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That is worrying, I thought originally that I had bought a reasonably useful car, now I'm worried about the Autumn and winter, sounds like I've bought a delicate vulnerable toy. You just confirmed my worry following the warning burried in the manual. Not a well built car after all. Shame on Honda
It is a well built "car". The CRV was never designed as a hard core four wheeler. The RT4WD system is only meant to be a traction aid. Submerging the transmission in 3 feet of water a few times is not a fair test of how well built a car is.
 

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Discussion Starter #16
It is just that with all the cars my family and I have had before (this is the first 4x4) the only issue with going through water is the air intake, never the transmission. It seems odd that the bit of the car that is most likely to get wet either from splashing or puddles is so vulnerable.
 

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The issue isn't from splashing and puddles, it's from prolonged submersion. Driving though 12" of water won't be a problem. Driving briefly trough a 16-24" deep puddle probably won't be an issue either. Driving through a 3' deep creek 100' long, could be a problem.

Anyone who drive through water over 12" deep is asking fr trouble anyway. Water above 2' runs the risk of the engine stalling since it's above the exhaust. The floorpan is only about 16" off the ground.


We have a Jeep Cherokee at work. It can probably drive through deper water than my CR-V. But for the other 99.999% of the miles I drive, my R_V handles better, has better road manners, brakes a LOT better and has a much larger and better quality interior. THe newest CHerokee's may be nicer, but the cost almost 2X that of the CR-V so it's not a fair comparison.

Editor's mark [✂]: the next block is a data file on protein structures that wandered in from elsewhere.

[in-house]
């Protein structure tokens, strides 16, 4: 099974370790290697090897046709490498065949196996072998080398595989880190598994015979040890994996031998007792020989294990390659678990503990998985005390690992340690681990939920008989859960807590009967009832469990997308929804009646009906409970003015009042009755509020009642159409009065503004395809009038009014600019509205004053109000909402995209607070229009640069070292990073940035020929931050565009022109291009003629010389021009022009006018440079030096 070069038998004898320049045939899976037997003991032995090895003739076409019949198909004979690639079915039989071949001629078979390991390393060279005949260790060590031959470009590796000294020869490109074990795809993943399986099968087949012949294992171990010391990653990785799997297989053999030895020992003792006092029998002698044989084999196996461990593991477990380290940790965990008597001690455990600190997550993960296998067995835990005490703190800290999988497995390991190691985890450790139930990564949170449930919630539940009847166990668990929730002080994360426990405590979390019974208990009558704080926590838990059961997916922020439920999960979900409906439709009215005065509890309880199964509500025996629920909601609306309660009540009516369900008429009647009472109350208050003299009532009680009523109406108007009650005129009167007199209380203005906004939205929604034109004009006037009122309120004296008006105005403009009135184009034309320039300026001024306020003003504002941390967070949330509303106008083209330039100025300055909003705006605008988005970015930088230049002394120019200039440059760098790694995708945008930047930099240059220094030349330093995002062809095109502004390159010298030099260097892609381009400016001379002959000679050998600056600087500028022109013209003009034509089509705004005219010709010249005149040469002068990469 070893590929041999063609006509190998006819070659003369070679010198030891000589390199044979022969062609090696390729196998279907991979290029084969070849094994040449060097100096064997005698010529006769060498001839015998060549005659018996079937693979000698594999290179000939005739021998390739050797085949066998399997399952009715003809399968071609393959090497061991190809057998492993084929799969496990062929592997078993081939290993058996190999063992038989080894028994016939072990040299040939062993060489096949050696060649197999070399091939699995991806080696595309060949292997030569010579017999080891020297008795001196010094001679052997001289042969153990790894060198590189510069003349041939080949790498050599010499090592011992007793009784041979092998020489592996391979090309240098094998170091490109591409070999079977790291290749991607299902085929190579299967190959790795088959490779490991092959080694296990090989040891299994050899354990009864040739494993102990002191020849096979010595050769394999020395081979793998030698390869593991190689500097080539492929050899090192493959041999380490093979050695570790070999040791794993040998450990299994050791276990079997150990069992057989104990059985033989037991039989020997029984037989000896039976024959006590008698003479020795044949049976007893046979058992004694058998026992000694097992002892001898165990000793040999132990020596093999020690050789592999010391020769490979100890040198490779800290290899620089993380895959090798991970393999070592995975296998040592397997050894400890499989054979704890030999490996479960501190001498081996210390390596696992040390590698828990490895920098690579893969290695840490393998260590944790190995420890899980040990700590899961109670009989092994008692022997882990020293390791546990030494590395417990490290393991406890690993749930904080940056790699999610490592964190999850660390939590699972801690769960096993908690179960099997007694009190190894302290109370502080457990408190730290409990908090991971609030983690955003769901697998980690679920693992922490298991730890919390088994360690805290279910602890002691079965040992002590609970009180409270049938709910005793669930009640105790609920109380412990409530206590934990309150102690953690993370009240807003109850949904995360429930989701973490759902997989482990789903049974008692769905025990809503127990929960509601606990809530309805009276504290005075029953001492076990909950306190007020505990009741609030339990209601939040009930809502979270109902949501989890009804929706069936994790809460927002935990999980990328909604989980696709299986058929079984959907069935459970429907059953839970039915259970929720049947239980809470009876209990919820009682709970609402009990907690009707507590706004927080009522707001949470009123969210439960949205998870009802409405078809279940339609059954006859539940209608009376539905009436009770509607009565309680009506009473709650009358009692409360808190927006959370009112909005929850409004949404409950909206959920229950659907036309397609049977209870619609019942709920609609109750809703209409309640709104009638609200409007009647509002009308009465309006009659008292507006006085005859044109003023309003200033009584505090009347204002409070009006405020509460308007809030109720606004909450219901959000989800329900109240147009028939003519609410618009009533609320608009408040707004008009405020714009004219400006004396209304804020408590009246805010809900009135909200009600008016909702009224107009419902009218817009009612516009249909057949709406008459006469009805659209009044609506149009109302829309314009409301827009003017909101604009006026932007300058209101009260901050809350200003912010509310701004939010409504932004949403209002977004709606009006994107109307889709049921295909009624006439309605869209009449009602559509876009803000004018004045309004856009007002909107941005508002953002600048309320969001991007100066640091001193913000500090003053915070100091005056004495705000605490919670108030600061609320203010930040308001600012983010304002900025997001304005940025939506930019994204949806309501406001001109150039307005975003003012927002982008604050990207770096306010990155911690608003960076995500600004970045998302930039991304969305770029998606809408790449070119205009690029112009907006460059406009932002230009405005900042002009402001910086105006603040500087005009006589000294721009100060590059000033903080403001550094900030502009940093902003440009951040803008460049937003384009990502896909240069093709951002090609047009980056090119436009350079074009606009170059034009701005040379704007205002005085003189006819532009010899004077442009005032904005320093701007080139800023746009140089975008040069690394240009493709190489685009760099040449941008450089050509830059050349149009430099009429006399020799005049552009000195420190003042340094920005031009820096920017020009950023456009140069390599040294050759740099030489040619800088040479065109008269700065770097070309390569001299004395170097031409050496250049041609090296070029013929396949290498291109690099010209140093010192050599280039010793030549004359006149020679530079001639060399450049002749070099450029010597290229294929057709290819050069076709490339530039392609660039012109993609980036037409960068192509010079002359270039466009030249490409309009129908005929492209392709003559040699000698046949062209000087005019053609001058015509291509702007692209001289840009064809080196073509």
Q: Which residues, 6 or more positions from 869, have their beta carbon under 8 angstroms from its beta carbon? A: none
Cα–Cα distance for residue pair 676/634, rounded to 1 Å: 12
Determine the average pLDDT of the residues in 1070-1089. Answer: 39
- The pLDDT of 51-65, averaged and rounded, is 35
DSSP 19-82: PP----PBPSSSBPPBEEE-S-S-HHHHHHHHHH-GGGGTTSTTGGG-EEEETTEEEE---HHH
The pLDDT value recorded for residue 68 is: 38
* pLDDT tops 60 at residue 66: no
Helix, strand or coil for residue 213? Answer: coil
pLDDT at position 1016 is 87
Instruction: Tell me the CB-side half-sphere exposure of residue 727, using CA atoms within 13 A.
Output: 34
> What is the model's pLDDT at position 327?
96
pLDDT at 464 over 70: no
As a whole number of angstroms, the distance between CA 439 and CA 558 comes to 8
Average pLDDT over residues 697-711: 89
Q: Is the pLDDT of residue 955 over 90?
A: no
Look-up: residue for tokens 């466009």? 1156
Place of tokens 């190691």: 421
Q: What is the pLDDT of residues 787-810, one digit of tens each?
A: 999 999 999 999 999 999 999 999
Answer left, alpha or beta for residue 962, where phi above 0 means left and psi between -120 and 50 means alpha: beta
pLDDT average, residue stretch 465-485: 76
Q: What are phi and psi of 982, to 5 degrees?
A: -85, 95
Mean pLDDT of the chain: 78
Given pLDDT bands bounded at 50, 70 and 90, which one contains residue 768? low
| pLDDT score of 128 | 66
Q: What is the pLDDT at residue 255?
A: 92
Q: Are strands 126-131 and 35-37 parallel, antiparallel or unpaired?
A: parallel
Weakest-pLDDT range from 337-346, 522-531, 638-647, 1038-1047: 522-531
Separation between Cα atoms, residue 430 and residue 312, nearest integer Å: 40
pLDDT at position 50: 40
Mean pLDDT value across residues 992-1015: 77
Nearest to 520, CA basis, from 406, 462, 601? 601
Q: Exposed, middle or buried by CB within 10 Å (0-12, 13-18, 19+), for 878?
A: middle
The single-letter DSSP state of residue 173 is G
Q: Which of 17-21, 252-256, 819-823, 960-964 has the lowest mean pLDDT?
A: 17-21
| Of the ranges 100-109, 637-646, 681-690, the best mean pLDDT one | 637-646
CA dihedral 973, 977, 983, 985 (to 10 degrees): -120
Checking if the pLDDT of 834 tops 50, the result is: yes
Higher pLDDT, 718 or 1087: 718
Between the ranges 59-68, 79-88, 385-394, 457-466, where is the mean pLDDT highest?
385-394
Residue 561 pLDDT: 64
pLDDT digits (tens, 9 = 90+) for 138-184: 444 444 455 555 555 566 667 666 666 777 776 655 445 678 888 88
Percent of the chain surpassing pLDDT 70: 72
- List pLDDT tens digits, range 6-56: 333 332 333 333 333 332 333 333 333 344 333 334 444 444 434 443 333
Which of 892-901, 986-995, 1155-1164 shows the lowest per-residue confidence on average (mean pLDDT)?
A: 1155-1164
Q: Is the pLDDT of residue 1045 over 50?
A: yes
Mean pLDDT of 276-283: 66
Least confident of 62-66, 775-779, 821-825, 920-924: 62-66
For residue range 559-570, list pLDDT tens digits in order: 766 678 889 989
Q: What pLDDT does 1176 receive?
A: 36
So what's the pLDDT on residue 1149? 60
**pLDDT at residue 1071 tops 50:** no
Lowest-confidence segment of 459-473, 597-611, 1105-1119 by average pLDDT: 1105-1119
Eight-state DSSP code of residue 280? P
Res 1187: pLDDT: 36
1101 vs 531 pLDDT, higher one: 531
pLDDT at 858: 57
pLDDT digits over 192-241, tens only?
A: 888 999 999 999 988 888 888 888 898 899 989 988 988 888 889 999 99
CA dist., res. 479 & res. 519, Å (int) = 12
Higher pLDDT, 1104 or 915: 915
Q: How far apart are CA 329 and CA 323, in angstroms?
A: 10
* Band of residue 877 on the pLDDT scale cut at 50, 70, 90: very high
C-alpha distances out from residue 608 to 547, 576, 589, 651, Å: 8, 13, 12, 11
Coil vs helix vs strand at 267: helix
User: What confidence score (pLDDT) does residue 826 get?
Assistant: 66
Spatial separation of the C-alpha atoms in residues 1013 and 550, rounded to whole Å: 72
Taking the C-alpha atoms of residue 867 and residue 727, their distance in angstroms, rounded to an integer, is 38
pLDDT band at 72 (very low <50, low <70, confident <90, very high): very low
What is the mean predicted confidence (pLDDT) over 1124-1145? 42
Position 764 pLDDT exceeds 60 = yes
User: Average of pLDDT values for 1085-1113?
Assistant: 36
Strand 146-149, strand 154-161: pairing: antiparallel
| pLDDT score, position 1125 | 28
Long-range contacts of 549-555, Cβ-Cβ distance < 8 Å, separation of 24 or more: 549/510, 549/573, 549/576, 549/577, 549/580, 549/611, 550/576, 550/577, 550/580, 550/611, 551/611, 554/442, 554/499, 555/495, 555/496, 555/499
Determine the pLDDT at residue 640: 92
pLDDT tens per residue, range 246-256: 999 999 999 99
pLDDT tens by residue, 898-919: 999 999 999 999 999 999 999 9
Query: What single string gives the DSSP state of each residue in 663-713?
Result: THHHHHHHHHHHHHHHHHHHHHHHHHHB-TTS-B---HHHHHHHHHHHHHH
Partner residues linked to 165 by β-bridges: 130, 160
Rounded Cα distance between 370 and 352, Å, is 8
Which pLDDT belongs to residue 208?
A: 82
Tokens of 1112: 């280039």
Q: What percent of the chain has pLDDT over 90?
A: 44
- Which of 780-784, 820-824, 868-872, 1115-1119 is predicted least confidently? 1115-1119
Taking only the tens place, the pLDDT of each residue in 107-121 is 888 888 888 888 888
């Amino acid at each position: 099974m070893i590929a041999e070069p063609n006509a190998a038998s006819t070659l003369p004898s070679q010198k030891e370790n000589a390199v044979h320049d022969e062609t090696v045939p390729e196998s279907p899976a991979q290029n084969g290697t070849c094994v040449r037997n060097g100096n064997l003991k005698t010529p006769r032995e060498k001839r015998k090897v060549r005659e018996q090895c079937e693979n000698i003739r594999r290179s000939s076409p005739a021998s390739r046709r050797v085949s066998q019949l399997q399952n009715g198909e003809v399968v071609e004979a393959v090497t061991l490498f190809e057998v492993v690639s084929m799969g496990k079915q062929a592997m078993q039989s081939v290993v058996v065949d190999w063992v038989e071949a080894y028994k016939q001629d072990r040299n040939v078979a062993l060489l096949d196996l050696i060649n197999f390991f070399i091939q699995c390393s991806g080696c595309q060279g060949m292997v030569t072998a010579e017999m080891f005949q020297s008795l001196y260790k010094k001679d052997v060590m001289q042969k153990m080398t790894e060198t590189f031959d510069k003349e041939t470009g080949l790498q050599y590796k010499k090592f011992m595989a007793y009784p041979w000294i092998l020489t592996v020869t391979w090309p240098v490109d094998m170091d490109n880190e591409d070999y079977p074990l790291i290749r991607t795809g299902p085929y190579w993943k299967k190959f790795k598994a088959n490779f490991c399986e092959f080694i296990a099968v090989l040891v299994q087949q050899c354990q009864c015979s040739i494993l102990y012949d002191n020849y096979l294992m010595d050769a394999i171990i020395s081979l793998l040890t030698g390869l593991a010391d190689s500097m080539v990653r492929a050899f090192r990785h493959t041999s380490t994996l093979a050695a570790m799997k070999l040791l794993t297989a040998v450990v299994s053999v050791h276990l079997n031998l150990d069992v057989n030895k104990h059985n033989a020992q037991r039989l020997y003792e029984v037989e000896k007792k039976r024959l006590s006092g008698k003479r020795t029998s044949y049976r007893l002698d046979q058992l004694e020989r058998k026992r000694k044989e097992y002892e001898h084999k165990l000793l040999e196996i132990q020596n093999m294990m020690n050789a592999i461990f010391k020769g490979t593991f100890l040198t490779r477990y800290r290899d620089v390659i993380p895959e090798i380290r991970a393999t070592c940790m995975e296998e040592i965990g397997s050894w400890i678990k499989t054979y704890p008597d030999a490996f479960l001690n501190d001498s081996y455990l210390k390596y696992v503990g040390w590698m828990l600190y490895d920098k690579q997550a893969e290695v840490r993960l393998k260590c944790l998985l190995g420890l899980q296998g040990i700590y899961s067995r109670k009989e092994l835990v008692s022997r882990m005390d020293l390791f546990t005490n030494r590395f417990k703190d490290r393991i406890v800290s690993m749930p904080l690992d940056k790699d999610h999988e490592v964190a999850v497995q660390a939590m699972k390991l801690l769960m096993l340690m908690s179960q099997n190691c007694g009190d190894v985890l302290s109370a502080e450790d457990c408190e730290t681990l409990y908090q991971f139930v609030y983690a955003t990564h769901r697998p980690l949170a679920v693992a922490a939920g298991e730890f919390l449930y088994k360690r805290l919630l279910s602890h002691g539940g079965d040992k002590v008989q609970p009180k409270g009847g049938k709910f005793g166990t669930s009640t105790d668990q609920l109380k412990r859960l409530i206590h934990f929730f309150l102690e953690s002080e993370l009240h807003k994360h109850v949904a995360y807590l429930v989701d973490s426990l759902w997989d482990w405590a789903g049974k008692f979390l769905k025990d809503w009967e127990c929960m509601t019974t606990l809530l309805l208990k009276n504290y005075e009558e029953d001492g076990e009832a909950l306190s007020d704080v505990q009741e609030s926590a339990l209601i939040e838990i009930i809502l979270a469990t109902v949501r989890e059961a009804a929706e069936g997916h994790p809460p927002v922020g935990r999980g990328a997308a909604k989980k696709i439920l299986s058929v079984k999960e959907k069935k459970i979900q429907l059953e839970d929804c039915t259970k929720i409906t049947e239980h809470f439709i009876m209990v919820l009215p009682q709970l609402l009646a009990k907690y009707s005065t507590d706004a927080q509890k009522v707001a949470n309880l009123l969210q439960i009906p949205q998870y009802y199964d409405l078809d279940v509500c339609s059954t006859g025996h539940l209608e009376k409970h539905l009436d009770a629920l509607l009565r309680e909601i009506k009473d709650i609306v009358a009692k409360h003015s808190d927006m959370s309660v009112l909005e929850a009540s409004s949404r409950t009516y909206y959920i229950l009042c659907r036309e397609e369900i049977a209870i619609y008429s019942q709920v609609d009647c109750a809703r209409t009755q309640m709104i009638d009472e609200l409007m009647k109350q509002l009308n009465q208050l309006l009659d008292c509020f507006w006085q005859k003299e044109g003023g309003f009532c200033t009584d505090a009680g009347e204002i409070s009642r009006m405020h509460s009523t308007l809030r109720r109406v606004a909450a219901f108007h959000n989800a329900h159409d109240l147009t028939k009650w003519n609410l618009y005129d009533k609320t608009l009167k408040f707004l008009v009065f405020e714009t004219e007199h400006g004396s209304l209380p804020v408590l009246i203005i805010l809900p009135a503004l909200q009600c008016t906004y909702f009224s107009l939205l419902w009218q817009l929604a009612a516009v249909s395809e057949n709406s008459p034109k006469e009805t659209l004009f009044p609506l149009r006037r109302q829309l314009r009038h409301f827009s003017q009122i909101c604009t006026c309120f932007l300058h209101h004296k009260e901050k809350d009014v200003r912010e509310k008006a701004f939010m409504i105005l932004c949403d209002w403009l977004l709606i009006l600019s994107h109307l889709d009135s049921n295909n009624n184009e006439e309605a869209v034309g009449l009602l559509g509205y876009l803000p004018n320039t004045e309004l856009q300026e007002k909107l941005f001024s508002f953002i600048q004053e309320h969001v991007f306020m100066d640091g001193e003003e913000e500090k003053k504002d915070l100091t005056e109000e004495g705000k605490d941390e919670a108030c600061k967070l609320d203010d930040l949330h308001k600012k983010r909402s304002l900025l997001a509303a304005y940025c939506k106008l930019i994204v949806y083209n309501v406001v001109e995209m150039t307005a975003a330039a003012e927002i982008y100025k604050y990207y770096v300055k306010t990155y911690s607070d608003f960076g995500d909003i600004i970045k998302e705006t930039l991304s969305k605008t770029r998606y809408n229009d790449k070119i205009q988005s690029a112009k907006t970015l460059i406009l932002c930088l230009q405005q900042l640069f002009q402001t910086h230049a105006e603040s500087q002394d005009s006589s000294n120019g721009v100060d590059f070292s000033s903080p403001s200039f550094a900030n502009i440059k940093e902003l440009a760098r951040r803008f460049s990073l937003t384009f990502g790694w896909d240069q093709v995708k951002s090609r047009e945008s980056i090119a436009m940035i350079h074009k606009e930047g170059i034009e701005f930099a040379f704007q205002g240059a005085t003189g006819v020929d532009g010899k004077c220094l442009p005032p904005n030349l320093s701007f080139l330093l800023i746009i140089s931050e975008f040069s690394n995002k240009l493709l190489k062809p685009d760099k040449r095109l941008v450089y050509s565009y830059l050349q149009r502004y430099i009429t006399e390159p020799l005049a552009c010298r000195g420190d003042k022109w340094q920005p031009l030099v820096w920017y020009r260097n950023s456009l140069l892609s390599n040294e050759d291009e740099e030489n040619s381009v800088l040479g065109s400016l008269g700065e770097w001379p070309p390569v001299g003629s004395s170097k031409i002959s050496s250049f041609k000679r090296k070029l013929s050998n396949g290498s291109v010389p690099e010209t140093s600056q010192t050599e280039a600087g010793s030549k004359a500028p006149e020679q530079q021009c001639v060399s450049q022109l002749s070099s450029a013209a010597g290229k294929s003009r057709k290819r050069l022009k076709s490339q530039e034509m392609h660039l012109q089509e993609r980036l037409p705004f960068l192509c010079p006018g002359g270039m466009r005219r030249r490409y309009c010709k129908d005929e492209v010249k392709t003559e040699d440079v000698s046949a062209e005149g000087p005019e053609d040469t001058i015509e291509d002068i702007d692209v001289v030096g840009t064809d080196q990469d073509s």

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That is worrying, I thought originally that I had bought a reasonably useful car, now I'm worried about the Autumn and winter, sounds like I've bought a delicate vulnerable toy. You just confirmed my worry following the warning burried in the manual. Not a well built car after all. Shame on Honda
Lot of useful information provided by the members here. Most vehicles subjected to deeper than normal water excursions are still going to need maintenance to prevent future problems. IMO if there was an emergent need to cross a flooded road the CRV would perform competently as long as the exhaust path is clear. The CRV was never designed to be a serious off-roader but its electronic complexity can make it more fragile than your old volvo.
 

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I think this is the max it could go. :)



Seriously, I've seen CR-Vs commonly driving on knee-deep floods without any issues. If that would be a common problem in your area, then a true 4x4 would really be required.